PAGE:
As a result, observers are now actively wondering whether Porzingis is the proper co-star for Doncic, or whether the Mavs need to completely revamp their approach to how they handle a player whose next lower leg injury appears to be a matter of “if,” not “when.”
The sum total of all the above has rendered a large segment of the fan base boastful - we won! - but there’s a logical leap here that I’m not sure is warranted. In short, just because Dallas may not have made out like the bandits they were originally deemed, it doesn’t mean that New York should come out of this looking like some sort of victor.
Even if Porzingis never plays another game in his life, it doesn’t change the fact that the assets received by New York were not as substantial as they could or should have been. To ignore this when assessing the trade from New York’s perspective is irresponsible, even if it is more convenient for the Knicks to view it that way.
For starters, any conversation that begins with “let’s see how the Dallas picks turn out” is already a bit of a misnomer. We already know how one of them will turn out, as the 2023 pick is top-10 protected and will remain so until it conveys, if need be, as two second rounders. As for the 2021 pick, it is an unprotected selection, which is great, but an unprotected selection from a team that currently employs one of the three or four NBA players who can carry a team to 50 wins almost by himself.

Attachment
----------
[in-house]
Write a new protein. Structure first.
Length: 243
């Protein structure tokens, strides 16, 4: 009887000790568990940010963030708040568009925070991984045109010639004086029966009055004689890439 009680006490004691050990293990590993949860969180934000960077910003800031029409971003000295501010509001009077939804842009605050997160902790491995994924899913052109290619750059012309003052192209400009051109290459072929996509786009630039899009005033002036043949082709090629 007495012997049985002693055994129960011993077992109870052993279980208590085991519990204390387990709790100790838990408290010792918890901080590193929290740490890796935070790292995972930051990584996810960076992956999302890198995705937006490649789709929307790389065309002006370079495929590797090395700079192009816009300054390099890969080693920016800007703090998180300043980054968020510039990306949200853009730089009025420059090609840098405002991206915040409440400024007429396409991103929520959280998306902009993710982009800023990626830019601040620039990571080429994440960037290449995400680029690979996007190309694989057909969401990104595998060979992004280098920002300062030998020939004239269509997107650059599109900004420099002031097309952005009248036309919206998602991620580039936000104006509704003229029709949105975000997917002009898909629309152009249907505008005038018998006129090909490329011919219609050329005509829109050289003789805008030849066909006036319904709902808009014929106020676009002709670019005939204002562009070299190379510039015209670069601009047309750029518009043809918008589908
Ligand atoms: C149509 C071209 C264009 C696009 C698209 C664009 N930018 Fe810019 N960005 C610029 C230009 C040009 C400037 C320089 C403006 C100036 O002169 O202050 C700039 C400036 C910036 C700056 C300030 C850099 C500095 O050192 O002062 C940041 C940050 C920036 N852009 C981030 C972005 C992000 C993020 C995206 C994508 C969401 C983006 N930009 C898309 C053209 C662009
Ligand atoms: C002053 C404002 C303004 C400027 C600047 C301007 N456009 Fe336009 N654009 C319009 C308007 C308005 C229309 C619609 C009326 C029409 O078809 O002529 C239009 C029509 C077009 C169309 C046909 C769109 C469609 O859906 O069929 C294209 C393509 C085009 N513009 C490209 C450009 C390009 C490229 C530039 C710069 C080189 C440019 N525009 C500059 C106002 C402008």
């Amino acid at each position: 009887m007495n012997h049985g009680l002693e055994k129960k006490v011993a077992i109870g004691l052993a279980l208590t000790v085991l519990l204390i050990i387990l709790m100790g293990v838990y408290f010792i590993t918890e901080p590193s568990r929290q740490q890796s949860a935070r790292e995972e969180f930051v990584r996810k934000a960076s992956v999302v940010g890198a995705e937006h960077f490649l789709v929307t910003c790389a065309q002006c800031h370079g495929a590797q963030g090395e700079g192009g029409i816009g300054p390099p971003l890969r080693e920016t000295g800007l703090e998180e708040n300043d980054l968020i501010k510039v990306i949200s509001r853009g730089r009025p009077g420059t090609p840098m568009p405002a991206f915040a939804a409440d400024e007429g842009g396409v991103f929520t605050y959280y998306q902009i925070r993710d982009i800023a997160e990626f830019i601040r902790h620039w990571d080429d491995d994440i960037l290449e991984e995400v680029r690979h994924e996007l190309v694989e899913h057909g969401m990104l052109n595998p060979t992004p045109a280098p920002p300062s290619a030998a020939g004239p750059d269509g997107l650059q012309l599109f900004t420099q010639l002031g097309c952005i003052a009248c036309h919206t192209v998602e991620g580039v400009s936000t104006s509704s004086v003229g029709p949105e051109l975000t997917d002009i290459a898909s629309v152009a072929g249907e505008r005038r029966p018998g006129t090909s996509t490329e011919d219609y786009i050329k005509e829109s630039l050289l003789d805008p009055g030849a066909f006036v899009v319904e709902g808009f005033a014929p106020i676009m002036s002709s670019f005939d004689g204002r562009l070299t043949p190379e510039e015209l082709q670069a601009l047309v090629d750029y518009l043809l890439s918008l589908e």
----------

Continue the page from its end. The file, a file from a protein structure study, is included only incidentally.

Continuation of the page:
Of course Luka, like any player, could get hurt and miss much of next year (although neither his game nor his physique strike me as particularly susceptible to injury). Likewise, the Knicks could draft the next Kawhi or Giannis or Pascal or Jimmy Butler with a pick that doesn’t wind up in the top ten. An All-Star getting picked late happens literally almost every year, and Walt Perrin has pulled rabbits out of his hat before.
But again, this is missing the point. If the goal of any trade is to maximize your chances that the assets coming back in the deal are good, getting one protected pick and one unprotected pick from a Luka-led team is the opposite of executing that purpose. Some have added the Clippers 1st and 2021 Detroit 2nd that New York got for Marcus Morris as another part of the return in the KP trade because Morris was signed (albeit under unusual circumstances that required some injury un-luck on Reggie Bullock’s behalf) using cap space that the Dallas trade opened up, but that’s a bit of a misnomer because had they never made the Mavs trade, they would have still had the cap space to sign Morris outright.
Even if we add that Morris return to the total package, unless someone can convince me that there wasn’t an unprotected first being offered by another non-MVP-candidate-led franchise, I remain dubious. There’s also the matter of whether any other young players were available, as opposed to a guy who is as likely to be playing for the Beijing Ducks in a few years as he is for an NBA team.
And that, really, is the question - not whether New York won or lost, or even whether they should have traded Porzingis to begin with rather than keeping him and signing him to a max extension - but whether the trade was even arguably the best one possible.